Marlbank album of the week for week beginning 24 July 2023
Classic crooning rooted in swing and the Great American Songbook is something of a lost art and Jack Jones, like Tony Bennett who sadly died this week, inhabits pop and easy listening fans' consciousness as often as he does jazz fans', is the last in a line from the golden years. He was winning Grammys in the 1960s and still as this album shows is as formidable a taste as the most carefully coveted malt whiskey in your collection, a voice that most young male jazz singers would do much to emulate or give up entirely because few with the best will in the world can come close to owning a voice of the calibre of Jones' or able to use it with so much panache. Singers like Michael Bublé do nothing for me and cannot remotely compare. I haven't been as moved in a while given a soft spot for crooning since listening to some Jerry Vale on the soundtrack of The Irishman.
Equipped with John Clayton arrangements and the featured presence of Joey De Francesco who died last summer not long after ArtWork was recorded at a studio in Los Angeles, the fine pianist Tamir Hendelman is also on the album plus a lot of strings within a 50+ orchestra - what a sound they wrap Jones' voice in.
There is little that is unfamiliar to anyone who has switched on a radio in the last 50 years - the swagger of 'Fever,' an amused version of 'Hello,' that smile and laugh in Jones' voice will put a smile on anyone's face and De Francesco lights up the introduction to 'At Last' by bringing a lot of colour to the song that Jones responds to in very cool fashion.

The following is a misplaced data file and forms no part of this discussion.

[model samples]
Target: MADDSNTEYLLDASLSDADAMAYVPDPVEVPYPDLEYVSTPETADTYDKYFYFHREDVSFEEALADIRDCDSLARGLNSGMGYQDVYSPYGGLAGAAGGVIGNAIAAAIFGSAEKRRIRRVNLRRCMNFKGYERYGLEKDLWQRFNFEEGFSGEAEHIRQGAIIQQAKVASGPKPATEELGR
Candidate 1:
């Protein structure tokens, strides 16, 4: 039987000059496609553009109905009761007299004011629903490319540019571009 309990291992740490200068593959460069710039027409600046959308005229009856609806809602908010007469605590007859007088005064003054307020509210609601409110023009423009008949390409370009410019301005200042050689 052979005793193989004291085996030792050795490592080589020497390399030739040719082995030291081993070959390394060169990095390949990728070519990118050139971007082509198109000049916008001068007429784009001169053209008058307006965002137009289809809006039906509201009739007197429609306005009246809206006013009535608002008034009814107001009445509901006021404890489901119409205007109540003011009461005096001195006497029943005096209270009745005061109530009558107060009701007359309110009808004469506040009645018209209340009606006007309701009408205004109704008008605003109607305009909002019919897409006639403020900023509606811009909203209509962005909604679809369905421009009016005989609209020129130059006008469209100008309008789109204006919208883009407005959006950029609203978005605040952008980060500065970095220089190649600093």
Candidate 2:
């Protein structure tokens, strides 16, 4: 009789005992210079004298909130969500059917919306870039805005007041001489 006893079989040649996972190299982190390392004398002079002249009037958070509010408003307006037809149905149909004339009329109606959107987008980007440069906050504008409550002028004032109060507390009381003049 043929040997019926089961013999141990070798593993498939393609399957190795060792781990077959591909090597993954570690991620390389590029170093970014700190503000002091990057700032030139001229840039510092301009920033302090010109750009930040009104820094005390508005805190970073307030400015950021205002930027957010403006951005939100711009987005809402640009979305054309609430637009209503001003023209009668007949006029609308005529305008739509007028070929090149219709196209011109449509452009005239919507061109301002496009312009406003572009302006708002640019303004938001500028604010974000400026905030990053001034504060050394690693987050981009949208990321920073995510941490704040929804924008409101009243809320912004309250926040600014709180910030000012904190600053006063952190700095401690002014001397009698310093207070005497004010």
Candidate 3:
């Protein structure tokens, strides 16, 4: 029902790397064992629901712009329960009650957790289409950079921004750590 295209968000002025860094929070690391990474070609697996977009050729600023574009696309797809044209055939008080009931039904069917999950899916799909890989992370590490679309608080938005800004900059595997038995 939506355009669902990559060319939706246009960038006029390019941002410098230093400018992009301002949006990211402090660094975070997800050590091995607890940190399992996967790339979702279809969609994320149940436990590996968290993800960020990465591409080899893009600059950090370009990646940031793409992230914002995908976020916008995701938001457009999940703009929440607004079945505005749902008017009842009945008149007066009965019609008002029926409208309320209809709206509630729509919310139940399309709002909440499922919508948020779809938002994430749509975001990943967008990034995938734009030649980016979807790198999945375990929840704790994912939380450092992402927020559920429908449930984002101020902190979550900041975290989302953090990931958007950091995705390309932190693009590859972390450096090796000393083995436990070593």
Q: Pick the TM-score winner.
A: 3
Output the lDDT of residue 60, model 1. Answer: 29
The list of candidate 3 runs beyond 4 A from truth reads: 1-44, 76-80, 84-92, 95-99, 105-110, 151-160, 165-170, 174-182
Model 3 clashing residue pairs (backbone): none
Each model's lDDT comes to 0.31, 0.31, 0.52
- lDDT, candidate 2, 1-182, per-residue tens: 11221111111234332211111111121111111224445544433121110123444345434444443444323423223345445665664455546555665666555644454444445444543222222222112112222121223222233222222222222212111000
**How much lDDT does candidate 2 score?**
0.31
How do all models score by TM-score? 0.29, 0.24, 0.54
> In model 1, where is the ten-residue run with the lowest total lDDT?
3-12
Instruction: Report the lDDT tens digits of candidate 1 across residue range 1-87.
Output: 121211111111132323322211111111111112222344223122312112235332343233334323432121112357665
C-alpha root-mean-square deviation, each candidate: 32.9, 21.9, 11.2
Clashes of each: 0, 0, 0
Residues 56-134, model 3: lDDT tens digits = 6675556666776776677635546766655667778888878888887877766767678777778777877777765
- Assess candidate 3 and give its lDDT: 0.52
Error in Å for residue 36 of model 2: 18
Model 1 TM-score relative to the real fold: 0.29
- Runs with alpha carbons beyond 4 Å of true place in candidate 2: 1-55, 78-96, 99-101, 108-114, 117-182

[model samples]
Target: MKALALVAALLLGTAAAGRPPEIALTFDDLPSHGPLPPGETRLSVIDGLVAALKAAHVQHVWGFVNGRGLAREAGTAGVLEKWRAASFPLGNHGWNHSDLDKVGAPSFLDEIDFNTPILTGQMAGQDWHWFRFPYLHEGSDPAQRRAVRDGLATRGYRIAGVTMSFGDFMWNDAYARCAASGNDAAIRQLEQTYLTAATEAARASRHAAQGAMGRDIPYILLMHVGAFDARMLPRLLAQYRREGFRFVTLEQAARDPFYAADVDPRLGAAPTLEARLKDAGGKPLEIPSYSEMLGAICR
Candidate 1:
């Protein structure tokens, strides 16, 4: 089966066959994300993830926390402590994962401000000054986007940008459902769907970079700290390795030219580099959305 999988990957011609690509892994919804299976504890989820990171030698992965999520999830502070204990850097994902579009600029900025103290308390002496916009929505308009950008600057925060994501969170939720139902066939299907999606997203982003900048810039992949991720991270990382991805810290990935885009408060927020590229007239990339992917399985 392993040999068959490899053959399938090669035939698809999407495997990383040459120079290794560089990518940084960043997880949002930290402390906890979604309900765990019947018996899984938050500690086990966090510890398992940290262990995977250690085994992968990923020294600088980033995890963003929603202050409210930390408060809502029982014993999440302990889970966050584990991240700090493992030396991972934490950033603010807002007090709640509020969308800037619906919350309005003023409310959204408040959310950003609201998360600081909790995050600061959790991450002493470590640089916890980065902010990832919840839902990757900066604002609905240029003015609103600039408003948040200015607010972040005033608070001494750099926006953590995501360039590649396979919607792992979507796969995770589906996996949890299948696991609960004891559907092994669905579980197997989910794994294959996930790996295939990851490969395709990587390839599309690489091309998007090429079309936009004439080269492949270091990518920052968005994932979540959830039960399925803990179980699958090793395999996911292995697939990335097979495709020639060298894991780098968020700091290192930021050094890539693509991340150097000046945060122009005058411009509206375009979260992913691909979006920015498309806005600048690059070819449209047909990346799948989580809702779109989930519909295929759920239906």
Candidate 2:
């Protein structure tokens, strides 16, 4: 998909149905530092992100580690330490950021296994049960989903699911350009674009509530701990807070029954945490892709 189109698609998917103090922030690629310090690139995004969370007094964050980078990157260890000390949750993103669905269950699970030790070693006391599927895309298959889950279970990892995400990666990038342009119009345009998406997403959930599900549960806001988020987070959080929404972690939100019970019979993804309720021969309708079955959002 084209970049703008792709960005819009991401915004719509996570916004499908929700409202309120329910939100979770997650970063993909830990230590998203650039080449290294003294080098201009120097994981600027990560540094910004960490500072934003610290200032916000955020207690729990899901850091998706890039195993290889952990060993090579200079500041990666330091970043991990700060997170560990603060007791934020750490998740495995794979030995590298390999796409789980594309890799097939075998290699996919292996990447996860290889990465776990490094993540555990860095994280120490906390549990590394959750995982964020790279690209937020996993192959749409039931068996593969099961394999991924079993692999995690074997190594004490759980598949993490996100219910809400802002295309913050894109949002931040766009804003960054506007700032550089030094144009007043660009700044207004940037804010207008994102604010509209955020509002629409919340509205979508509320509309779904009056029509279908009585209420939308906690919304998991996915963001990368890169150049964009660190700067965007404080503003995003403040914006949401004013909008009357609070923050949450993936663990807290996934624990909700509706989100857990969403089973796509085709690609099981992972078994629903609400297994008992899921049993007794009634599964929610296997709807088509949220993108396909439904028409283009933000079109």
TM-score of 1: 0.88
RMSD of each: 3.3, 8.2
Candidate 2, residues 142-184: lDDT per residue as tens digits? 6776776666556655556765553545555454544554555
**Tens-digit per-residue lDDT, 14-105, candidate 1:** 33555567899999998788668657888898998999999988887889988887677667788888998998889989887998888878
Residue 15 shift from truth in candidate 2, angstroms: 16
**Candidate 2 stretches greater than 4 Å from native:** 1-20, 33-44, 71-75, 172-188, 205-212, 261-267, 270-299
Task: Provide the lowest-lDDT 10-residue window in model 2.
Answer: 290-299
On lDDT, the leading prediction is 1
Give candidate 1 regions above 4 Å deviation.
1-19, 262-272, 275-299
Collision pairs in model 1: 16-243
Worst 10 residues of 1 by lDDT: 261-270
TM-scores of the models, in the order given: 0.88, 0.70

A canny more recent inclusion of Gregory Porter's 'If Love Is Overrated' from All Rise where the horns in the introduction bring to mind the Thad Jones-Mel Lewis Orchestra hearing Jones sing a song we know from Porter in recent years flips the same coin Jack Jones, who was 84 when this was recorded, playing the song far more laidback.
And laidback is what Jones does so well. 'This Masquerade,' 'If You Go Away' and interesting choice 'Empty Chairs' by Don McLean with sublime strings and harp at the beginning are also here. But the most moving choice of all is 'Free Again' (aka 'Non… C'est rien') where Jones goes incredibly deep down to the lowest reaches of his register on a song which he himself covered in the 1960s on Lady. Comparing the two is like dancing to the music of time. Nobody can keep up with the Joneses like Jack Jones and what a fine setting given the excellent arrangements and formidable fire power of the orchestra to remember De Francesco on this Paul Lowden produced affair - Lowden an owner of the Las Vegas jazz club, Vic’s. SG
Jack Jones, photo: Cavalry Productions